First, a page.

This article first appeared in Rickshaw.

 

 

 

 

 

 

 

 

 

 

 

 

 

 

 

 

 

 

 

 

 

 

 

 

 

 

 

 

 

DRAGON BOAT DAY
By Jennifer Reeder

Barring a Chinese invasion, there is no excuse for anyone to miss this year's Dragon Boat Festival on June 25 at Tainan's An Ping Canal. There will be boat races, of course, as well as food stalls, eggs standing on end precisely at noon, and the chance to purchase a Chen Shui-bian commemorative plate. Obviously, these are the keys to a really unique day.

Like many Taiwanese celebrations, the Dragon Boat Festival has its roots in ancient China. In fact, the holiday is over 2000 years old. Traditionally celebrated the fifth day of the fifth lunar month to drive off evil spirits and strengthen the health of one's family, Dragon Boat's importance dramatically increased with the suicide of poet Chu Yuan in 290 B.C. Chu was a popular advisor to King Huai until he counseled the king to stop his armed conflicts and seek peace. As a result, the king banished Chu in 303 B.C., and Chu began to roam his beloved country and watch it decay.

To prove the sincerity of his devotion to China, Chu drowned himself in the Hunan Province's Milo River on the very day of the Dragon Boat Festival. According to legend, his compassionate countrymen threw zongzi - triangular rice dumplings steamed in bamboo leaves - into the river to keep fish from feeding on Chu's body.

These days, locals don't waste good zongzi on fish; instead, they eat them while watching the Dragon Boat races. Unlike the sport of rowing, in which competitors are seated in a single-file line, Dragon Boat paddlers are seated two abreast. Small boats have six such rows of competitors, while there are nine rows in the bigger boats. (The bigger boats also support the large carved heads of colorful reindeer/dragons, which have antlers and red noses.) In addition to the paddlers, each team also has someone who steers with a long rudder, and a "coxin," who beats a large Chinese drum.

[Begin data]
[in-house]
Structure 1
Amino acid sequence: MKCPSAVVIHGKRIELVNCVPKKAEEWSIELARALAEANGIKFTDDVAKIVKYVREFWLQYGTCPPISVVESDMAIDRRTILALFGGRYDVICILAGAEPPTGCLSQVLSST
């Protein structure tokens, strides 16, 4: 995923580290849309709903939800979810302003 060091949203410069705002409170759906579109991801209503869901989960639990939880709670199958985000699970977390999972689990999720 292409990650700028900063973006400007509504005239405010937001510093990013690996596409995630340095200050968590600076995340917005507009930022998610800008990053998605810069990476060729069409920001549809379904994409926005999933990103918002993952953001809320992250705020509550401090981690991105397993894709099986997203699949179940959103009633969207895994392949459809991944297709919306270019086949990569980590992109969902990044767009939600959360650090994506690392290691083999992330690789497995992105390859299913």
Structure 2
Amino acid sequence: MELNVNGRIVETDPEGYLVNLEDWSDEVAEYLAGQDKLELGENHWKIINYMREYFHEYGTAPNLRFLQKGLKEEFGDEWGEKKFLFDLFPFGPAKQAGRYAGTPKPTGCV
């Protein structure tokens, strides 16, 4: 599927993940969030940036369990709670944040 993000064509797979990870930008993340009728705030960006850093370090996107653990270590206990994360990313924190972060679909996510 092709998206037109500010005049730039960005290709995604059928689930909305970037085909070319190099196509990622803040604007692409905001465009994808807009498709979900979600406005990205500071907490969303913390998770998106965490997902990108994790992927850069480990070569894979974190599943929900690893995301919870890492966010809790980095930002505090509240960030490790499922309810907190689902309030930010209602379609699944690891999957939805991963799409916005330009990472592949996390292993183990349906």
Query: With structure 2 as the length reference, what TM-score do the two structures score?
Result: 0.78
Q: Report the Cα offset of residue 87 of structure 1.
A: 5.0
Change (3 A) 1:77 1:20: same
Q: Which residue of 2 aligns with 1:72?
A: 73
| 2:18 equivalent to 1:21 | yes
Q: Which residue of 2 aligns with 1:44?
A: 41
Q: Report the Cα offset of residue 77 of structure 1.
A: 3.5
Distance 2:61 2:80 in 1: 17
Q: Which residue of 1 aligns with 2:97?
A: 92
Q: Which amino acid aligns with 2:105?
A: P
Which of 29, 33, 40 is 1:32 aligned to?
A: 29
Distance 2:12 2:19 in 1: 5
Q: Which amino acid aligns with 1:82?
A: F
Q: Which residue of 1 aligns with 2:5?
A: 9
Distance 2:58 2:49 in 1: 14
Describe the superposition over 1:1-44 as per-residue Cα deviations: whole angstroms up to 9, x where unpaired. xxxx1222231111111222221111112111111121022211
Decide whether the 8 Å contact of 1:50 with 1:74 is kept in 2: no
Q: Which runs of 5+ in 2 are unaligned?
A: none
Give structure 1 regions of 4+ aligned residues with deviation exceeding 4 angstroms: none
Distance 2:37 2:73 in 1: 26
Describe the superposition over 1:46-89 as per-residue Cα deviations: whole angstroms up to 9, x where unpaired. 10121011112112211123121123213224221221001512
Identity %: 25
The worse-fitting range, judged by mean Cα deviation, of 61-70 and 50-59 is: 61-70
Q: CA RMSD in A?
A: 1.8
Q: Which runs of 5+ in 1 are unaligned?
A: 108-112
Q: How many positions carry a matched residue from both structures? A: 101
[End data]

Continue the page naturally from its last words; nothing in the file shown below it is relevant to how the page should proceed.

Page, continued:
Racing Tip #1: Recruit a heavy-set drummer. They can help propel the boat by bouncing.

Because of the 2000-year history of the event, many Dragon Boat athletes - of all ages and genders - train year-round. But in 1995, a new breed of competitors emerged with the creation of the first team of foreigners in Tainan: The Wibbly Wobblies. In contrast to the rigorous training schedules of returning athletes, this group of pioneers endured "at the most, five days of training," according to former team member Montana Dan. This special team had a sort of mascot, a British-born 30-year-old who claimed his mother wouldn't let him race. But he displayed his commitment to the team by sitting on the sidelines of every training session drinking beer and being sarcastic.

The day of the Finals (there are heats for several days before the Festival), most team members drank beer between races and sized-up their biggest challenge: a team of High School students who refused offers of betel nuts and alcohol. Thanks to inspiration drawn from their motivational cheer, "Wibbly Wobbly, Wibbly Wobbly…Jelly on a Plate!" they still won a (contested) 5th place trophy. As Montana Dan recalled wistfully, "If we had won, we would've won a bigger trophy."

Racing Tip #2: Secure a paddling bench as close to the front of the boat as possible. The further back you go, the more "stinky" water splashes into your face.

A few days before last year's Dragon Boat Festival, I received a shan bao necklace from one of my students. It was a small stuffed tiger that smelled like catnip. A note attached by his mother (an English teacher) read, "It is a tradition to wear this on Dragon Boat Day, as it is believed to bring health and good fortune all year." I immediately hung it around my neck, and my students explained that the real purpose of the aromatic necklace was to protect my nostrils from the smell of the river on Dragon Boat Day.

It remains to be seen how much has changed since the Wibbly Wobblies blazed a trail for the "Alien Residents" of Tainan back in 1995. For example, will a perfume boat once again spray its sweet-smelling chemicals over the canal to mask the pervasive odor of the water? One thing's for certain: the heat will cause both ice cream and humans to melt. But from children making Dragon Boat hats to the reminiscing of drunken Westerners, from the self-proclaimed "Super" cheerleader routines to the triumphant smiles of the winners, Dragon Boat Festival is an event not to be missed. Plus it's free!

To get to the festivities, drive west on Minsheng Road (parallel to Mintsu Road) until it turns into An Ping Road. Park when you see hordes of people with umbrellas.

For competition registration or other information, call: (06) 267-7804.